Sometimes, even good intentions can't cover up poor execution.
The U.S. Department of Energy (DOE) recently launched a campaign to promote clean energy in general, and electric cars specifically.
The program's name, you may ask? It's entitled, "How to be a clean energy baller."
Presumably aimed at a younger audience, the program seeks to encourage its audience to drive electric cars by proving that they're cool.
But the cringe-worthy title seems at odds with that mission.
For the record, "baller" refers to "something extremely good or impressive," according to Google.
2017 BMW i8
Urban Dictionary is more specific, noting that the term originally alluded to ball players who made it up out of the streets to earn millions of dollars—but that it is now "used to describe any thug [who] is living large."
While electric cars can certainly be impressive, something about a federal agency using the term to describe them in an attempt to appear hip seems more than a little off.
A page on the DOE website for the "clean energy baller" campaign uses similarly-awkward language to make the argument that electric cars are cooler than their internal-combustion counterparts.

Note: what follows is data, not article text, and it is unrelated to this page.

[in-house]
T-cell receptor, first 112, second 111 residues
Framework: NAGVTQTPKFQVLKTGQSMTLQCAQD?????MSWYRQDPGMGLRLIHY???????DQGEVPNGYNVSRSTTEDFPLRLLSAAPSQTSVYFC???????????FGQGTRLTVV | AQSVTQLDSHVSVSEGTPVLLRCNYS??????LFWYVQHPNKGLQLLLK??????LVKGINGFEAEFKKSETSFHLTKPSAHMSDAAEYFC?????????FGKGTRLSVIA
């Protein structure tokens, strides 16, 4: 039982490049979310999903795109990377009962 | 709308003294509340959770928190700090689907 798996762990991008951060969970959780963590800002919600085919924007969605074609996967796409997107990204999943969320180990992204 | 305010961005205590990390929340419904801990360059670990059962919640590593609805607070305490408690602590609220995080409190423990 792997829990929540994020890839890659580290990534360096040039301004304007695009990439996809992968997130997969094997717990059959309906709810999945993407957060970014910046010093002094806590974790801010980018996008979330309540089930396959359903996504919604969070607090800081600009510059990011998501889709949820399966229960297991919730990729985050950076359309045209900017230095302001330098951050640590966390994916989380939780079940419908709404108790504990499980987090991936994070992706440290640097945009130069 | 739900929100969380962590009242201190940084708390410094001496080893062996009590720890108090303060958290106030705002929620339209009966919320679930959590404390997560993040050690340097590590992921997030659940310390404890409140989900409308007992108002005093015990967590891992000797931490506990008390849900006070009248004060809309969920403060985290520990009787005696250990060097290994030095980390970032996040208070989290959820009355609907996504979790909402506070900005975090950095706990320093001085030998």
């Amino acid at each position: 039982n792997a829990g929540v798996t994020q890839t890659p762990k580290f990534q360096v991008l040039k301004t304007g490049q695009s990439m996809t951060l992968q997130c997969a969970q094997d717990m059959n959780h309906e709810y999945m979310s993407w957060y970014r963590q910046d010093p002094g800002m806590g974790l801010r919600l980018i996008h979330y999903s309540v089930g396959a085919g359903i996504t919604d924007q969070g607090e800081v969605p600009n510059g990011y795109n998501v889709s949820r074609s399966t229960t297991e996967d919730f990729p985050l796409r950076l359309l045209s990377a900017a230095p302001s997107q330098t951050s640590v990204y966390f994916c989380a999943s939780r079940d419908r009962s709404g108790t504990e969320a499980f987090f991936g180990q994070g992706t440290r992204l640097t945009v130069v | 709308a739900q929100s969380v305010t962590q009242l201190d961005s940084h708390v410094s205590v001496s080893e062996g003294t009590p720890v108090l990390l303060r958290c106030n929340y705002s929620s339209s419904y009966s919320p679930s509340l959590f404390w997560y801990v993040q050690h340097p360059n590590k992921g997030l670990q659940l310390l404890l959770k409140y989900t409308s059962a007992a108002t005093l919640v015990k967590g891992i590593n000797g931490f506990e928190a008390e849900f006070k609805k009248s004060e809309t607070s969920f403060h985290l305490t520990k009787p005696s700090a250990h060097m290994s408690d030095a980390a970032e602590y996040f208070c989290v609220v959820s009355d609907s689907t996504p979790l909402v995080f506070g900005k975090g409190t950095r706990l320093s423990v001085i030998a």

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"Electric cars have their gas counterparts beat when it comes to things like style, performance, and technology swagger," the text declares.
"Swagger" aside, it also tries to debunk the stereotype of plug-in cars as slow and sterile, pointing out things like the Tesla Model S P90D's performance, and the BMW i8 plug-in hybrid's sexy styling.
The DOE also notes the number of tech features in new electric cars, pointing to Tesla's Autopilot and Summon systems, as well as apps that allow drivers to control charging remotely.
2016 Tesla Model S
If that isn't enticing enough, electric-car drivers also get the "VIP treatment," the DOE says.
That's a reference to the fact that drivers in some areas—notably California—are granted solo access to carpool lanes, something that has been shown to increase electric-car adoption, admittedly.
Electric cars are also "cool conversation starters" that attract attention from bystanders, according to the DOE.
That's not untrue either, as many electric-car owners have likely had the experience of fielding questions from curious members of the public.
But does that really make them "ballers?"
And if they are, do they know it? And do they want to be?
[hat tips: John Briggs, Brian Henderson]